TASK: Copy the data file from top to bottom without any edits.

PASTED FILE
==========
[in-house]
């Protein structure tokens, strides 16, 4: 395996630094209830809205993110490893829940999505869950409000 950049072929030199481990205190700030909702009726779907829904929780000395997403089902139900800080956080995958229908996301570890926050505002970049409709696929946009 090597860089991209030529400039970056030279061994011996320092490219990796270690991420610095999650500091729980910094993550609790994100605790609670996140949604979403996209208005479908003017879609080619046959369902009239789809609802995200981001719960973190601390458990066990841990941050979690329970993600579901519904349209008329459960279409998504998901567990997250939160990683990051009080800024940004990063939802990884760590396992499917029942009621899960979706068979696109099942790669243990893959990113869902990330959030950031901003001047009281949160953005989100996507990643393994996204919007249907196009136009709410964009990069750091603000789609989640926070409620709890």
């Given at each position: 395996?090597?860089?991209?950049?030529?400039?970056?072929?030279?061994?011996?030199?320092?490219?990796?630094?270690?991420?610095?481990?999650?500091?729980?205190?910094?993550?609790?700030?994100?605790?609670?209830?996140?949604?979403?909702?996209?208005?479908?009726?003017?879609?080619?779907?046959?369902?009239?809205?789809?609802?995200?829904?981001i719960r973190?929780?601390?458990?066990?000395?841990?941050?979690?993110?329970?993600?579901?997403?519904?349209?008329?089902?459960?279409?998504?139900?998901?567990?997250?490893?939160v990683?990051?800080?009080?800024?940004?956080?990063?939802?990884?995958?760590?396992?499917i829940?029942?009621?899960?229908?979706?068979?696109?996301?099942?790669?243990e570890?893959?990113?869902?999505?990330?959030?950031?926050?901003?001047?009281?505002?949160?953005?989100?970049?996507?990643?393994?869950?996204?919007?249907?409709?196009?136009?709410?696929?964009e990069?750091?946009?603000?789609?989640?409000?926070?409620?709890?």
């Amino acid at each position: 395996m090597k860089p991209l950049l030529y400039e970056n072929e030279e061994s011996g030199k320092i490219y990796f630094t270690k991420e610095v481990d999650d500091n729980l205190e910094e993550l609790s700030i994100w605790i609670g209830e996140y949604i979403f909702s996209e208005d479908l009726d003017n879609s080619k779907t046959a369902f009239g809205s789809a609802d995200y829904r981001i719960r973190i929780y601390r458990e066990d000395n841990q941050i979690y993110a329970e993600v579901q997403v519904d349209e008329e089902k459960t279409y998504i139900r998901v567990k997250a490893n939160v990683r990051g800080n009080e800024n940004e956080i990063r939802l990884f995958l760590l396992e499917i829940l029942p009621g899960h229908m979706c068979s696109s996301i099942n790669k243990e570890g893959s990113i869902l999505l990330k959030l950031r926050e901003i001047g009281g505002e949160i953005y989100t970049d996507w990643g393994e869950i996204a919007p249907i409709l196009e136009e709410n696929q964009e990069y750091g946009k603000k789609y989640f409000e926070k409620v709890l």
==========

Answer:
[in-house]
């Protein structure tokens, strides 16, 4: 395996630094209830809205993110490893829940999505869950409000 950049072929030199481990205190700030909702009726779907829904929780000395997403089902139900800080956080995958229908996301570890926050505002970049409709696929946009 090597860089991209030529400039970056030279061994011996320092490219990796270690991420610095999650500091729980910094993550609790994100605790609670996140949604979403996209208005479908003017879609080619046959369902009239789809609802995200981001719960973190601390458990066990841990941050979690329970993600579901519904349209008329459960279409998504998901567990997250939160990683990051009080800024940004990063939802990884760590396992499917029942009621899960979706068979696109099942790669243990893959990113869902990330959030950031901003001047009281949160953005989100996507990643393994996204919007249907196009136009709410964009990069750091603000789609989640926070409620709890």
């Given at each position: 395996?090597?860089?991209?950049?030529?400039?970056?072929?030279?061994?011996?030199?320092?490219?990796?630094?270690?991420?610095?481990?999650?500091?729980?205190?910094?993550?609790?700030?994100?605790?609670?209830?996140?949604?979403?909702?996209?208005?479908?009726?003017?879609?080619?779907?046959?369902?009239?809205?789809?609802?995200?829904?981001i719960r973190?929780?601390?458990?066990?000395?841990?941050?979690?993110?329970?993600?579901?997403?519904?349209?008329?089902?459960?279409?998504?139900?998901?567990?997250?490893?939160v990683?990051?800080?009080?800024?940004?956080?990063?939802?990884?995958?760590?396992?499917i829940?029942?009621?899960?229908?979706?068979?696109?996301?099942?790669?243990e570890?893959?990113?869902?999505?990330?959030?950031?926050?901003?001047?009281?505002?949160?953005?989100?970049?996507?990643?393994?869950?996204?919007?249907?409709?196009?136009?709410?696929?964009e990069?750091?946009?603000?789609?989640?409000?926070?409620?709890?």
């Amino acid at each position: 395996m090597k860089p991209l950049l030529y400039e970056n072929e030279e061994s011996g030199k320092i490219y990796f630094t270690k991420e610095v481990d999650d500091n729980l205190e910094e993550l609790s700030i994100w605790i609670g209830e996140y949604i979403f909702s996209e208005d479908l009726d003017n879609s080619k779907t046959a369902f009239g809205s789809a609802d995200y829904r981001i719960r973190i929780y601390r458990e066990d000395n841990q941050i979690y993110a329970e993600v579901q997403v519904d349209e008329e089902k459960t279409y998504i139900r998901v567990k997250a490893n939160v990683r990051g800080n009080e800024n940004e956080i990063r939802l990884f995958l760590l396992e499917i829940l029942p009621g899960h229908m979706c068979s696109s996301i099942n790669k243990e570890g893959s990113i869902l999505l990330k959030l950031r926050e901003i001047g009281g505002e949160i953005y989100t970049d996507w990643g393994e869950i996204a919007p249907i409709l196009e136009e709410n696929q964009e990069y750091g946009k603000k789609y989640f409000e926070k409620v709890l």